NCAA commissions study to analyze impact of athlete abuse

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The NCAA has commissioned a study to explore the impacts of threats and online abuse of its student athletes during the college sports season.

The body has engaged with Signify Group to provide its Threat Matrix AI-based solution to conduct and analyze online messaging towards student athletes. 

Further study is required, the NCAA asserts, to promote the mental wellbeing of the college sports community to use data analytics to understand online abuse and prevent it from occurring. 

Signify Group and the NCAA will take to X, Instagram and TikTok to monitor and detect the levels of abuse and threat towards athletes in over 35 languages plus images and emojis. 

Further parameters include the analysis of abuse related to sports betting which has risen in the last year. NCAA stats cite that 10% of DI respondents said they were aware of student-athletes being harassed online or in person by someone with gambling interests.

The study will seek to help provide data for the NCAA to help it to “refine its policies in an effort to deter abuse and threats in college sports”. 

Speaking on the launch of the NCAA Threat Matrix service, NCAA President Charlie Baker said: “Engaging Signify to monitor NCAA championships reflects our resolute commitment to college athlete safety and well-being. 

“This is a first-of-its-kind project in college sports focusing on online abuse and threats, while arming social platforms and law enforcement to take action to protect thousands of student-athletes and all championship participants. This pilot is just the start of much broader online protection measures the NCAA will put in place to guide our longer-term strategy in this crucial space.”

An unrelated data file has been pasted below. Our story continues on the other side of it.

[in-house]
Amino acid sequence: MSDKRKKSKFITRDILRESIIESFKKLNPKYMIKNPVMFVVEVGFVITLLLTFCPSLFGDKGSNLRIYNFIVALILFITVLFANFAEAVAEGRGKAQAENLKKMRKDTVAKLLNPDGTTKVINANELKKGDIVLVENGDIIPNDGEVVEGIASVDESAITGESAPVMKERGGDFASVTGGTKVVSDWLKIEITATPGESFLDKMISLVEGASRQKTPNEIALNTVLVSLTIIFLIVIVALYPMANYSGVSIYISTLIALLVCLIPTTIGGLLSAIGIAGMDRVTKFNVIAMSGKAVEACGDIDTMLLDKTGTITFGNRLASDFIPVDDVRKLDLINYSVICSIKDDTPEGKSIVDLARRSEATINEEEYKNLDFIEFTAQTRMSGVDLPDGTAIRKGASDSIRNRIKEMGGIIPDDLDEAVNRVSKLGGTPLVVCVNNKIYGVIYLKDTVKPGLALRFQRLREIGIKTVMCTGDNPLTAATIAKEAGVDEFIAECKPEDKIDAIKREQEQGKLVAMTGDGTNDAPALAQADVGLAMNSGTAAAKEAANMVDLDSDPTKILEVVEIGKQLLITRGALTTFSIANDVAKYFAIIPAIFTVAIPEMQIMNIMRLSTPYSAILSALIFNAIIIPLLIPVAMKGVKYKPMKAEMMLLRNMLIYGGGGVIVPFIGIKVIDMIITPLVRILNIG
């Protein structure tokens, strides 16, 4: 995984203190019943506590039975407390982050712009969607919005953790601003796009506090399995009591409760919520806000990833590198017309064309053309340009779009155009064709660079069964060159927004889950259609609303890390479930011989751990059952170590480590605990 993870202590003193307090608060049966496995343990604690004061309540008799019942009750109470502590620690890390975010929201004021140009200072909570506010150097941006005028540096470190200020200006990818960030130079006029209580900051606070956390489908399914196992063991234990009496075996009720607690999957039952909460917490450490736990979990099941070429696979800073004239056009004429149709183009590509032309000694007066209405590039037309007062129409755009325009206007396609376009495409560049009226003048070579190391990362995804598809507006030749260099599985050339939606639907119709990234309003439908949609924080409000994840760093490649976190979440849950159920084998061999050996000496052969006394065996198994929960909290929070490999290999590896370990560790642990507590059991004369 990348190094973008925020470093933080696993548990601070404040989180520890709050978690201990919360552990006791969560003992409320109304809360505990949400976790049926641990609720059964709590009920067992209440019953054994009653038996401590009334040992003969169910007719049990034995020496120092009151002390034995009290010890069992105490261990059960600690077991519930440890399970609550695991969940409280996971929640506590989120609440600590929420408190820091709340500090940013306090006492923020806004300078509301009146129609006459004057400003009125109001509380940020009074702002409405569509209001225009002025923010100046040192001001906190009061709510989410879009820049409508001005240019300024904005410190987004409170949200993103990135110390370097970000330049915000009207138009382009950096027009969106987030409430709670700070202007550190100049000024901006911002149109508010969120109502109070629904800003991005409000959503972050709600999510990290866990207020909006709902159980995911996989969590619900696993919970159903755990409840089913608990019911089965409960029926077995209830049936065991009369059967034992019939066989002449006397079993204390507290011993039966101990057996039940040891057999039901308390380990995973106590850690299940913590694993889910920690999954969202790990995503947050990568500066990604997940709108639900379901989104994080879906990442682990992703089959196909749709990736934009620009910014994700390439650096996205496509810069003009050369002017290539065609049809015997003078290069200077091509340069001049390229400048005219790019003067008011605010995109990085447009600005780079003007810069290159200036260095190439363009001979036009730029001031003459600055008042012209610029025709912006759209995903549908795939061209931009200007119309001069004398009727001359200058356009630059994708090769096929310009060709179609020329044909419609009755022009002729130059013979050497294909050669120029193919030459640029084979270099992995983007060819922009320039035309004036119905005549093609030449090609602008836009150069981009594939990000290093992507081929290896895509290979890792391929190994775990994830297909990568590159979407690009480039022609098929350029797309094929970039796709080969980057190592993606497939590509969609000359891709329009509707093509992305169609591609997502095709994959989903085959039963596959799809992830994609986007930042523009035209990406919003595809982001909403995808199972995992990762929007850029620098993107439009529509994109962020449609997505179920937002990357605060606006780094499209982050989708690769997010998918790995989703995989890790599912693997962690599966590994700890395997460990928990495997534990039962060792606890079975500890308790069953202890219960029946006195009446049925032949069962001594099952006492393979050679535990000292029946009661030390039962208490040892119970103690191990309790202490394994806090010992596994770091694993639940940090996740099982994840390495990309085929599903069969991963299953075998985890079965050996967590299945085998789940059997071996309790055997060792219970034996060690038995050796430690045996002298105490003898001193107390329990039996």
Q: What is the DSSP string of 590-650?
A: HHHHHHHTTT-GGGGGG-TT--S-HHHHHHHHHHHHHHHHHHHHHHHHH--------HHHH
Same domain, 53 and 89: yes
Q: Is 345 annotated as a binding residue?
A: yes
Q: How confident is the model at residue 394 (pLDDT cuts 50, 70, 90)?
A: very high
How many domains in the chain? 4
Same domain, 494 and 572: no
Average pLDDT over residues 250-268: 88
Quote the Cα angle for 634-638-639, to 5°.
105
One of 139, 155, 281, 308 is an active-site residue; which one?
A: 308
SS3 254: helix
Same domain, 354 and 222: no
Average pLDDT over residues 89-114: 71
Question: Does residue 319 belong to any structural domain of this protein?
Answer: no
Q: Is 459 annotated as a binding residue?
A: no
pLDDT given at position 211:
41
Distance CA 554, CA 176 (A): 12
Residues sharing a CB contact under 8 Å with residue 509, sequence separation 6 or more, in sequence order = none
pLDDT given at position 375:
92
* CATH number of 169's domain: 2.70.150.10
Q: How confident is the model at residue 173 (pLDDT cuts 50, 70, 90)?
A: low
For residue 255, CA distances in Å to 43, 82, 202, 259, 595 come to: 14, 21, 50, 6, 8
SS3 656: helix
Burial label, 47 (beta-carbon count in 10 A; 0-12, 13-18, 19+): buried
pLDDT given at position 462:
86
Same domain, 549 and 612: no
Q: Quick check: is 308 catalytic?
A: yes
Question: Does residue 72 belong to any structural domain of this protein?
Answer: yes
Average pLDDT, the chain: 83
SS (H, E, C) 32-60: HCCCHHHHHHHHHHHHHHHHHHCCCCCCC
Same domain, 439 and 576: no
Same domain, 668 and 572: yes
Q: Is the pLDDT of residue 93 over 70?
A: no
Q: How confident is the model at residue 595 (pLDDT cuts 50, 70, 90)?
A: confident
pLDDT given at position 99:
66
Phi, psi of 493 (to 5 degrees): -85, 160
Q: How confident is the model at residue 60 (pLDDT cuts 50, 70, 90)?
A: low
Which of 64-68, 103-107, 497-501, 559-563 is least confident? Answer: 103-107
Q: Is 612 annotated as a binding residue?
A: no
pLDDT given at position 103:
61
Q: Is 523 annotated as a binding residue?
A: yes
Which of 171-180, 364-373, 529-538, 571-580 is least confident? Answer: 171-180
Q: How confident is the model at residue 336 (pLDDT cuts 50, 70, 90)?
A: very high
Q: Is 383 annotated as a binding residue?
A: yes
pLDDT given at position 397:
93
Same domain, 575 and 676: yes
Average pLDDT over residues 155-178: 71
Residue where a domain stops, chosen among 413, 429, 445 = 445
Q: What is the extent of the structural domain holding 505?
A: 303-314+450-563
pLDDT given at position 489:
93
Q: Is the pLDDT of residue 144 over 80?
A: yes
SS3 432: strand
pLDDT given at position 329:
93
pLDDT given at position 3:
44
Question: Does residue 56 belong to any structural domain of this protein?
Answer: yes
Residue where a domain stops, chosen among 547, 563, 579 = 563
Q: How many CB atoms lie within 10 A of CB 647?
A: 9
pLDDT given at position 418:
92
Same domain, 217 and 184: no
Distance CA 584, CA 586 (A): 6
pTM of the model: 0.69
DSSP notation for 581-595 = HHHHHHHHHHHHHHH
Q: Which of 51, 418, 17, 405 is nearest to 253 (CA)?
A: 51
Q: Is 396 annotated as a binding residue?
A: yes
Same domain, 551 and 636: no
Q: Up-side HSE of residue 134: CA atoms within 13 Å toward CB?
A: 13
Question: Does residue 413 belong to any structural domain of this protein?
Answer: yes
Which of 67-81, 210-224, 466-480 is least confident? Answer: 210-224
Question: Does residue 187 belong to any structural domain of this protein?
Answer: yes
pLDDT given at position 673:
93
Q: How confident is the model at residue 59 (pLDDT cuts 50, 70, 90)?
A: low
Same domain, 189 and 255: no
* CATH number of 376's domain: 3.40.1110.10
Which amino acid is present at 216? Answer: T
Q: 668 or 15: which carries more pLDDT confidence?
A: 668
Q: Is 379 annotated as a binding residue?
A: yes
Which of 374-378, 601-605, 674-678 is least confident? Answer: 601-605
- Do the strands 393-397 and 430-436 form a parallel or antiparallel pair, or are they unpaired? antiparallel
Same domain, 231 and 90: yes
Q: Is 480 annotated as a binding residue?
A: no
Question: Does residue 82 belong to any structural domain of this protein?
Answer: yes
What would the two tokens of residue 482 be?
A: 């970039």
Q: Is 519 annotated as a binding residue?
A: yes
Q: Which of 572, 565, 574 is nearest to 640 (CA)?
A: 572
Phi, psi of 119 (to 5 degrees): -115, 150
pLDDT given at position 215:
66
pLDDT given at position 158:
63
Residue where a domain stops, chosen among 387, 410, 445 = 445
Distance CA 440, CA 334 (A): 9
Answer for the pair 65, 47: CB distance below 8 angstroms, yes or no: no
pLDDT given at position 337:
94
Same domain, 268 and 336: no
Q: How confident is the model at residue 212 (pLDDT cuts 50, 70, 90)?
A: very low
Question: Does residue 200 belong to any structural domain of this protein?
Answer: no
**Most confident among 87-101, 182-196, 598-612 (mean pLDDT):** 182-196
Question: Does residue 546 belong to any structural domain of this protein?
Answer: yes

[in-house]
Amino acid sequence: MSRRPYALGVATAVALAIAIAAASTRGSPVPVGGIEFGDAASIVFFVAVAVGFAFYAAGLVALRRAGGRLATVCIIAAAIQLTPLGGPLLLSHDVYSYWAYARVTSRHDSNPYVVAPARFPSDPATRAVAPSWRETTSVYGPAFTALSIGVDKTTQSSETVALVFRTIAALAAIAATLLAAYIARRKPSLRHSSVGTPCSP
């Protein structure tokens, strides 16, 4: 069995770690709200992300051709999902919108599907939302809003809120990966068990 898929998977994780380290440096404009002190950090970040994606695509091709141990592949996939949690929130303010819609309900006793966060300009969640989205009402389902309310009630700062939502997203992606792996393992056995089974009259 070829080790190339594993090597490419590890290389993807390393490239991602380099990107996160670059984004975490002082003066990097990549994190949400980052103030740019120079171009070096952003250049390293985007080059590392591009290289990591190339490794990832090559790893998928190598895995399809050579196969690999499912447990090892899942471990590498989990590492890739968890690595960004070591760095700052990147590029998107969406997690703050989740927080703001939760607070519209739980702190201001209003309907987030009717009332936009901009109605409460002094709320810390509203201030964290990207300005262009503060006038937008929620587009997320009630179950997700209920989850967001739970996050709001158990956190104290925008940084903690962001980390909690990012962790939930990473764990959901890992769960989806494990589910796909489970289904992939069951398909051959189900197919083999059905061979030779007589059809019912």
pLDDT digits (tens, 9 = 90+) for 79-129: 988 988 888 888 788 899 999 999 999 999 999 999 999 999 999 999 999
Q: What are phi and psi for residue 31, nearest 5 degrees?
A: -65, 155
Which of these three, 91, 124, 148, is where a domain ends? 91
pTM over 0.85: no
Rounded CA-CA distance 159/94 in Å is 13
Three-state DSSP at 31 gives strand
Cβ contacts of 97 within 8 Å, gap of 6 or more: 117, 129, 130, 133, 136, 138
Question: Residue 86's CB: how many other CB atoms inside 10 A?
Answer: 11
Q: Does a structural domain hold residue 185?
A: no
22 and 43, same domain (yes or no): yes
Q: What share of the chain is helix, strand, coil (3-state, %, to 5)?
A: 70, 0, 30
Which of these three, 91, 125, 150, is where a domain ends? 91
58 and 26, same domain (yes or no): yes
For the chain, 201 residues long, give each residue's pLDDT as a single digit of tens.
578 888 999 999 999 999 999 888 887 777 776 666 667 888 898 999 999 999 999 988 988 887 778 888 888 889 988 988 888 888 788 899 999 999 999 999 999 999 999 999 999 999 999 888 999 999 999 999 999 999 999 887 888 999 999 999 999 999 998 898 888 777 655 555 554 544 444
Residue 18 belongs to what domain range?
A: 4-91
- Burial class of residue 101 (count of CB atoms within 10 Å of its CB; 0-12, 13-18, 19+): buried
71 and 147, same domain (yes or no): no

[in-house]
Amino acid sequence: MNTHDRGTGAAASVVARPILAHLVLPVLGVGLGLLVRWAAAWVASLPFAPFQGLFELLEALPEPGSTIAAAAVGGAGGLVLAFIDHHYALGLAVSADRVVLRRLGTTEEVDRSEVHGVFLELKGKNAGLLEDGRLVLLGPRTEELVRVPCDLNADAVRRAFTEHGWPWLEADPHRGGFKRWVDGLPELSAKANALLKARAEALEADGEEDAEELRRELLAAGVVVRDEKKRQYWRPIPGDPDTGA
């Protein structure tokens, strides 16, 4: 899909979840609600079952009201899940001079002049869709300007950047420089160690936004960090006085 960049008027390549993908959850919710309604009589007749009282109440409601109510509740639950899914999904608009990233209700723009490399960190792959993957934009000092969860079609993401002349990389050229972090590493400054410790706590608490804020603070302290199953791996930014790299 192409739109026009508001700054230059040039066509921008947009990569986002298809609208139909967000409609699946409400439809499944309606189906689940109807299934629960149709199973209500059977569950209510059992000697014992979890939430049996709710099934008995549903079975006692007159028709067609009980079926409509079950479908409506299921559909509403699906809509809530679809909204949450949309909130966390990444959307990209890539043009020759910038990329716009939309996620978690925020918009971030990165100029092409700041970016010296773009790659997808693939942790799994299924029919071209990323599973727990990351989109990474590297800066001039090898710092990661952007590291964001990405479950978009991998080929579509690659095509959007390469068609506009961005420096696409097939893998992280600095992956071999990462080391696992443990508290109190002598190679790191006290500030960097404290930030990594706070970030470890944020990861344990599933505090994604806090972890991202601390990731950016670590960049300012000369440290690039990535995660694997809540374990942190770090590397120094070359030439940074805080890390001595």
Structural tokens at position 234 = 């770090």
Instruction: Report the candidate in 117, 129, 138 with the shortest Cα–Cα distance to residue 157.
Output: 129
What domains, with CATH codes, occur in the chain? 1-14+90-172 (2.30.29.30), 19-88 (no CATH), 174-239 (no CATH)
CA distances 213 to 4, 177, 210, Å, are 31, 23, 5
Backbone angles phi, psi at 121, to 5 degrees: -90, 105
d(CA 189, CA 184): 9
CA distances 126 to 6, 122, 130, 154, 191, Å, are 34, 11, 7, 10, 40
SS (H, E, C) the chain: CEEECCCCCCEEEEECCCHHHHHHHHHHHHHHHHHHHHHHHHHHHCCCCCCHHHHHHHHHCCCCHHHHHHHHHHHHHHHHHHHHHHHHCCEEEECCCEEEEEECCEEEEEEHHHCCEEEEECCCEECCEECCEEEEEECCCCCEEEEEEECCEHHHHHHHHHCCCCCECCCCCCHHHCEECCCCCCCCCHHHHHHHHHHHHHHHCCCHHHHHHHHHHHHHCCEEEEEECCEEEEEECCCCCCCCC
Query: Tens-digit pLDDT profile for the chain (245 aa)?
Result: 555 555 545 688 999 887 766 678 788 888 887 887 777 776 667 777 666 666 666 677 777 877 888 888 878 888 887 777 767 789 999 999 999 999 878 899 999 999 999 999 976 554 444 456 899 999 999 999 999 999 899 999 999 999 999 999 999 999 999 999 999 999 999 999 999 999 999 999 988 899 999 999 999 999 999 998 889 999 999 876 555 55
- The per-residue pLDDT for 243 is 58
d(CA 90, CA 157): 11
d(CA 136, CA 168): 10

Further engagements of the Signify Group will be to direct coordination with social media platforms to report athlete abuse and encourage the removal of such content. Meanwhile it will also provide reporting procedures for notifying stakeholders such as teams and law enforcement about the abuse it detects. 

Jonathan Hirshler, CEO of Signify Group, added: “We are delighted to be working with the NCAA on this hugely exciting and ground-breaking initiative to enhance the online safety of college athletes and participants in the wider college sport ecosystem.  

“Over the coming months I am confident that we will not only unearth deep insights into online abuse and threat in college sports, but also help drive real action in this space in partnership with the NCAA, platforms and law enforcement agencies.” 

Earlier this year at the UNLV Conference on Gambling and Risk Taking, Dr. Timothy Fong noted that student-athlete abuse is becoming a more prevalent issue and that the industry must do more to tackle these emerging behaviors. 

Dr. Fong elaborated: “The thing that I think is really brand new this year that we didn’t really see last year was the traumatic experiences that are brought upon by the harassment of the online and in the real world to athletes who play.

“I don’t like using the word abuse anymore, particularly as it pertains to language, but in this case, it is online comments and social media posting real-world threats. I didn’t put some of these in [my presentation] because they’re really, really triggering. And they’re shocking. And they’re incredibly powerful. And athletes see that. To be called all sorts of racial epithets, ethnic slurs, all sorts of being treated as essentially objects and property just nonstop.”